Despite the overall successful season for the 2014-15 Houston Rockets, the Rockets have some gaping roster holes to fill in the offseason. The biggest question mark on the depth chart is obviously the point guard spot. On the top of his summer shopping wish list, Daryl Morey has point guards galore.
Patrick Beverley (when healthy) is a nice option, but he is ideally a rotation player providing a spark off the bench and playing around 25 minutes. While a trade involving Ty Lawson, Kyle Lowry, or other mid-tiered floor generals is certainly plausible and probably the best case scenario, adding at least one point guard through the draft is the most likely.
First things first, let me set this straight: I am not a college basketball expert. I am not a professional recruiter, player evaluator, or analyst. I'm just a basketball fan who watched about 25 or 30 college basketball games last year and like any other person with a soul, I enjoy the occasional Hoop Mixtape or Ball is Life video.
The Rockets possess the 18th and 32nd picks in the draft with many chips to move if Morey wants to move up. If his eyes are set on a player like Devin Booker, the Kentucky sharpshooter, he could package the two picks and maybe a player if necessary (Papanikolaou?) to move up to Utah's 12 spot.
For the sake of this post, let's just say the draft is tomorrow and the Rockets are staying put at their draft positions. The high profile point guards (D'Angelo Russell, Emmanuel Mudiay, and Cameron Payne) have been taken, leaving the second tier of Jerian Grant, Tyus Jones, Delon Wright, and Andrew Harrison.
Tyus Jones, Duke
Jones, the 19 year old freshman, had an amazing March in which he showcased his shot-making ability, fearlessness, and leadership. Jones' strengths include his NBA-ready body, decision-making, and shooting stroke.
His tournament performance was incredible, as he earned the NCAA Tournament Most Outstanding Player award. He scored 23 points in the championship game against Wisconsin. He scores from everywhere on the floor, from the rack to behind the arc and occasionally in between.
With a 6'0, 190 pound frame,he physically compares to Chris Paul and Mike Conley according to some scouts. Jones shot 38% from the college three point line. Jones is a streaky shooter, but where he is most effective is off the dribble. He is extremely efficient in the pick and roll, which wouldn't be his primary role if the Rockets drafted him.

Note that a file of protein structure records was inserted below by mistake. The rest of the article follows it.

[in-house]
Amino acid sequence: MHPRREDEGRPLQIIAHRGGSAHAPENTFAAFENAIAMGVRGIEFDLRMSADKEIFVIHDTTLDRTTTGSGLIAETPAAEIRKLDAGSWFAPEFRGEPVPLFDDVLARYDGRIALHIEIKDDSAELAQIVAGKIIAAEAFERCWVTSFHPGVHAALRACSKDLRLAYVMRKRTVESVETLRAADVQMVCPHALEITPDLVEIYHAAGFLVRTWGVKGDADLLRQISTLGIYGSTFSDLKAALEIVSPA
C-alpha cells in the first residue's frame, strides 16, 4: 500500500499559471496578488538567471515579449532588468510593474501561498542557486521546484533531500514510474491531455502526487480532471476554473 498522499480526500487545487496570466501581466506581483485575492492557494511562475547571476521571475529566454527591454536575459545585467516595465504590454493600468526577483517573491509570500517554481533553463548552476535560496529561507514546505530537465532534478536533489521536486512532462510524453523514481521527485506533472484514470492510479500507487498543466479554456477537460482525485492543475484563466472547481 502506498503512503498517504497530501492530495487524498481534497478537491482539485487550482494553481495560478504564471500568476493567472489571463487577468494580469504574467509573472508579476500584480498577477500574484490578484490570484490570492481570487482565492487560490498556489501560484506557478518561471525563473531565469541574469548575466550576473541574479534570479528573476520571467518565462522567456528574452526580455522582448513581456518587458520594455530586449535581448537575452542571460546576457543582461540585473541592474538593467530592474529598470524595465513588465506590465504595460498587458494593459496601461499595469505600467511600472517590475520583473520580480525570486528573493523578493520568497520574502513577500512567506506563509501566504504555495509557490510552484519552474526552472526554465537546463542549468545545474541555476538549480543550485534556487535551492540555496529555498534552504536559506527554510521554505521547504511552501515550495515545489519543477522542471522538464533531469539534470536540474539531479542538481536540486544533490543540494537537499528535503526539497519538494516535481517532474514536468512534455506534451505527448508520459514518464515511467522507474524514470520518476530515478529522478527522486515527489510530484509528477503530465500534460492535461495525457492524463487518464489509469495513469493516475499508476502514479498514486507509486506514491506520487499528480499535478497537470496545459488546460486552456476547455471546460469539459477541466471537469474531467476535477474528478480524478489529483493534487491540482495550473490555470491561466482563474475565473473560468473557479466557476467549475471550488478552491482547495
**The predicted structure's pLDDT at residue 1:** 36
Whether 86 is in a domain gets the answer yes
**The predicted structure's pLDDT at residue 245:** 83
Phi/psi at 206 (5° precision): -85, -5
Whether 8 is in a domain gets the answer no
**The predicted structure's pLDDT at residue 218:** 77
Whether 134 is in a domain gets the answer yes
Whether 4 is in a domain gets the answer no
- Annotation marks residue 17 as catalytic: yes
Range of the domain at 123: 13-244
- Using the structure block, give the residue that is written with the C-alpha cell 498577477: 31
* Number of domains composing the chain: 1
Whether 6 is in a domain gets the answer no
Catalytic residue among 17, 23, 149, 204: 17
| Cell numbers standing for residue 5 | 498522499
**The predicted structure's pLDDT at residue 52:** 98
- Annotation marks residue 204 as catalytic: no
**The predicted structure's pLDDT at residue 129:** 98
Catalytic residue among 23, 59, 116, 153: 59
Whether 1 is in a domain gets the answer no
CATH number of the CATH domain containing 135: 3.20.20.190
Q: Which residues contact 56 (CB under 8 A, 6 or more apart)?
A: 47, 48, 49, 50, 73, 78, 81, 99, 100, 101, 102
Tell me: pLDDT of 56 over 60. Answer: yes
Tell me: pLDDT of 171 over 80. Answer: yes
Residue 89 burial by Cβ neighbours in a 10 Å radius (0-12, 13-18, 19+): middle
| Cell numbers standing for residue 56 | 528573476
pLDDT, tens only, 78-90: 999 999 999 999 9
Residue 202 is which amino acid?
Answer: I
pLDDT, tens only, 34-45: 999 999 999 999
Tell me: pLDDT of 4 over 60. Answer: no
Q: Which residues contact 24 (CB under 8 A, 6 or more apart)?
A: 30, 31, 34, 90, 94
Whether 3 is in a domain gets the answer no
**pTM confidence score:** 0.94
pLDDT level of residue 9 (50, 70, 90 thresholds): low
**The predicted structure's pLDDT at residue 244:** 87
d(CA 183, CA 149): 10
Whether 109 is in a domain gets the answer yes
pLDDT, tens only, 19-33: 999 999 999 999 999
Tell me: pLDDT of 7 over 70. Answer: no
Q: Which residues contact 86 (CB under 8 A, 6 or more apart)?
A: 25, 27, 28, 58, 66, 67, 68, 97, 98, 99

Oh, and did I mention that he takes and makes big shots?
Jones is a playmaker for his teammates and can get off his own shots in pick and roll situations. If he can improve his stand-still shooting (preferably from the corners), he's exactly what the Rockets could ask for in a point guard. He is the safe pick for the Rockets, with little risk or huge upside. Jones will be a nice player in the NBA, but I doubt he will be and All-Star. The Rockets would be thrilled if he drops down to their 32nd pick.
Draft Grade: B+
Jerian Grant, Notre Dame
Jerian Grant, the 22 year old first team All-American, is an explosive point guard with elite offensive potential. The Notre Dame senior averaged nearly 17 points, 7 assists, and 2 steals last year.
At 6'3, 198 pounds, he has fantastic size for his position. He has all the physical tools to be a successful point guard in the Association, but where his game lacks most is his outside shooting. He shot 32% from behind the college arc as a senior, but if there's anything we have learned from Marcus Smart in Boston, it's that you can teach shooting.
Unlike Smart, whose jumper is unorthodox, Grant's release is actually quite smooth and quick, as evidenced by this shot from the top of the key at his pre-draft workout. The textbook follow-through on this shot is perfect, but he obviously doesn't do that every time in a game.